Have you taken a look at wikipedia page for Scalar curvature? [BTW, always a great resource!] There you can find the standard geometric interpretation of Scalar curvature, as measuring the volume distortion on balls of small radius, compared to Euclidean balls of such radius. Analogously, Ricci curvature in a direction measures volume distortion of small ``rods'' along that direction (and then these interpretations make sense together in terms of scalar curvature being an average of Ricci in all directions). I think that's possibly the most geometric picture you can get (apart from interpretations from mathematical general relativity).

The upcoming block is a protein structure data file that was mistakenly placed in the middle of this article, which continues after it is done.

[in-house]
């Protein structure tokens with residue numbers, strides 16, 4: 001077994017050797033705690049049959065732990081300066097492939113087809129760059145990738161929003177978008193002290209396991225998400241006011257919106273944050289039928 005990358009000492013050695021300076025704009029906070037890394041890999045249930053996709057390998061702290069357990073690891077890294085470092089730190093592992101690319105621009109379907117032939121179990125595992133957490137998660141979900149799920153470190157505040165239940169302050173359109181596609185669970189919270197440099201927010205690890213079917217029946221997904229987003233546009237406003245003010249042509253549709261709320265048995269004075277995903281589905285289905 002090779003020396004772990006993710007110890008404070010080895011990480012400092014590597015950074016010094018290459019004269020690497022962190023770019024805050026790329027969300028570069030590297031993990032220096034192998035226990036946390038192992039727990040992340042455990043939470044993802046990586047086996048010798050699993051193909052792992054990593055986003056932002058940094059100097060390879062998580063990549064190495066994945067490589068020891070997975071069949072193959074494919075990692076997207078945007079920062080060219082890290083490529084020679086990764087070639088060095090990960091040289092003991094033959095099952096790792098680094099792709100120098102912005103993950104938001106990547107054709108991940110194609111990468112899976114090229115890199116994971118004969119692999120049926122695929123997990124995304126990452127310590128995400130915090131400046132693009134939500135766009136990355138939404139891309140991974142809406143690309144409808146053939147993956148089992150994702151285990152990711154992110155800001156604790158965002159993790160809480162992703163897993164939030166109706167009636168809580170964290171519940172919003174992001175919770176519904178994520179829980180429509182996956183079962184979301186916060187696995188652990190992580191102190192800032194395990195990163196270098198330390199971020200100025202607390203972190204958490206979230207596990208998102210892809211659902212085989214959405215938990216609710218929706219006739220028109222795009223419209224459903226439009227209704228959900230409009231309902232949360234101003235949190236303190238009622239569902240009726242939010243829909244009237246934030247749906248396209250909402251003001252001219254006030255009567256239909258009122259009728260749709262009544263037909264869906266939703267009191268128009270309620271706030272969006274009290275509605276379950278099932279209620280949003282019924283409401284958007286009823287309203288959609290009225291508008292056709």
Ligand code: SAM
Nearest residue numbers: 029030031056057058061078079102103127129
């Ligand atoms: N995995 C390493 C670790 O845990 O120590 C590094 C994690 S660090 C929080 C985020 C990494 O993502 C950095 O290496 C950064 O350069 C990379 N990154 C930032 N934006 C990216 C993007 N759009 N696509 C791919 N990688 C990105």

As for what "scalar curvature forgets, but Ricci still sees" you can think in terms of topological obstructions for these curvatures to have a certain sign; e.g., manifolds with positive Ricci curvature (bounded from below) must be compact (you even have an estimate for their diameter) and have finite fundamental group. Instead, manifolds with positive scalar curvature can be much wilder (in particular, they might not have finite fundamental group). Also, you can look at the problem of prescribing Ricci vs. prescribing scalar curvature, one is clearly way more flexible than the other, see this post regarding Kazdan-Warner's stuff for scalar curvature and compare with obstructions to positive (and non-negative Ricci curvature). Although endowing a given manifold with a metric with positive/nonnegative ricci may be impossible, it certainly always has tons of metrics with negative ricci curvature (see this paper), in that such metrics are actually $C^0$-dense in the space of all metrics.